Grading the Smart Grid
Grading the Smart Grid
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Grading the Smart Grid
3 minute read

Today's power distribution systems have entered a new era of reliability made possible by increased automation, better communication and the self-healing potential of new smart grid technologies.

Imagine smart meters that report power failures in your home to your electric company for you. Text message responses that report the estimated repair time. Intelligent systems that isolate failures and restore power automatically to customers in minutes, without a utility crew.

These are just a few of the things we can all look forward to as today's power distribution systems enter a new era of reliability made possible by increased automation, better communication and the self-healing potential of new smart grid technologies.

But the electric grid isn't the only thing getting smarter. Electric utilities and other heavy power distributors and users are also getting smarter about how they approach the modernization process.

Consider Pepco Holdings Inc. (PHI), which supplies power to 2 million customers in and around Washington, D.C. PHI is upgrading its entire communications backbone — including wireless infrastructure that supports two-way communications to remote field devices.

"We need assurance that our communications requirements can be achieved with reliability and robustness," says Charles Peresta, senior supervising engineer for PHI. Identifying potential problems with system interfaces upfront through lab simulation and testing is key. PHI didn't want to wait until the system was installed to discover compatibility issues or problems.

So PHI validated the system design more than 1,000 miles away in the Smart Grid Laboratory that Burns & McDonnell operates in its Kansas City, Mo., world headquarters. In the near future, utilities will be able to work similarly with the company's Houston and New England offices to test technology settings, equipment integration and cybersecurity performance.

Technology in the lab made it possible to test the radio system's integration with various systems and assess its performance under a variety of conditions that approximated real-world and worst-case environments.

The tests gave PHI confidence in the system solution it was evaluating. By identifying the system's operational risks and limitations before it was installed, PHI reduced unexpected delays and rework that can occur when integrating with legacy equipment installed in harsh environments.

Beyond the Lab

Established in 2007, the smart grid lab today includes many of the latest technologies and devices used to modernize today's power grids.

"Originally, the lab was used primarily for engineers to gain familiarity and program microprocessor-based relays," explains Matthew Olson, department manager for telecom and network engineering at Burns & McDonnell.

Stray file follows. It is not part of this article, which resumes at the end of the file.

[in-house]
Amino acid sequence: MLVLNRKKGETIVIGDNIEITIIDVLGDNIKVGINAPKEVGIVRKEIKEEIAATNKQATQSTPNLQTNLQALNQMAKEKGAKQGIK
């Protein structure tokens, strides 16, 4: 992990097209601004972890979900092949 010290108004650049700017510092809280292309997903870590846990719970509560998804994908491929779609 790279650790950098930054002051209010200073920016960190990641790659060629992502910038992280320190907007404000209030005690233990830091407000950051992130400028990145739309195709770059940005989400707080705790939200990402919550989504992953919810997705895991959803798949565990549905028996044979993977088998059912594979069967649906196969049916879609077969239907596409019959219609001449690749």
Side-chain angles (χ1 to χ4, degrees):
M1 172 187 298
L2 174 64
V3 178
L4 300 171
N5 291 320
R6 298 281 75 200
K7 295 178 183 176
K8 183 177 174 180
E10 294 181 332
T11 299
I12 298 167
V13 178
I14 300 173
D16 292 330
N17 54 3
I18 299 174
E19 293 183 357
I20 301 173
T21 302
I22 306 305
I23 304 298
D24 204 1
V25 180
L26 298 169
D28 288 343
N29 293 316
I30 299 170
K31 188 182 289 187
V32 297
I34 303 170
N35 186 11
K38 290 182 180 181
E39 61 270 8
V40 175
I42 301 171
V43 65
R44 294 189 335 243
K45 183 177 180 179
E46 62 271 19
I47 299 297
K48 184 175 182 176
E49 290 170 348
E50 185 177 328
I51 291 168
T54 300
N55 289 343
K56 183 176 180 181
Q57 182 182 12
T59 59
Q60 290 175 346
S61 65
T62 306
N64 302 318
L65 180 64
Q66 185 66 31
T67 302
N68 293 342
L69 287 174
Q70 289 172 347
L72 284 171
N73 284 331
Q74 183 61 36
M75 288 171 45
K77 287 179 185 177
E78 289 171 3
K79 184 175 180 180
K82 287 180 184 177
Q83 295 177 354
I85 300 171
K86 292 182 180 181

The lab has now grown to house more than $1 million worth of equipment, and it was expanded into new space in late 2011. The lab is now capable of doing much more, from testing advanced substation and distribution feeder automation to staging demonstrations of high-speed tripping and confirming the security, automation and protection of communication on a network.

"In the old days, this testing meant physically wiring panels and testing them," Olson says. "Today it is mostly done by changing configurations in software."

Engineers simply program controllers to meet a defined objective — such as when it involves tripping a power line or testing a new technology's interoperability with vintage equipment — and then validating that it responds appropriately. Utilities don't have to wait until new systems are ready for installation to test them.

"In some cases," Olson says, "companies use the lab because they have an idea and want to know if it's feasible to implement while they're still in the planning process. We've also had users require a vendor to modify a product, and then use the lab to make sure the final product has been delivered according to their specifications."

The lab can be used to train employees on new technologies or to test new equipment for vendors. Users have also leveraged lab findings to justify investments in new technologies.

Time Saved, Confidence Delivered

Still, a majority of users — including a confidential Southern utility — come to the lab to pilot applications before field implementation. Like PHI, the Southern utility is building a new communications backbone to support advanced metering and distribution automation, and the lab is being used to test its device programming.

"Our lab has the same equipment that the clients use, so we can mock it up and test it here, and then work with the vendors who supplied it should issues arise," says Chrissy Carr, senior project manager in the Burns & McDonnell Transmission & Distribution Group. "The equipment can get to the field faster if we do the legwork here."

Time savings in the field are significant.

"A project team might plan to spend many days or even weeks implementing a system in the field when, in reality, it will only take a day, because it's already been tested," Olson says. "Once a system is validated here, users can be confident that it will, in fact, work according to the specifications once it is installed.

"If a problem is found in the lab, we can work with vendors to isolate and correct it. It's a whole lot easier to address it here than it is out in the field."

For more information, contact Matthew Olson, 816-349-6608.

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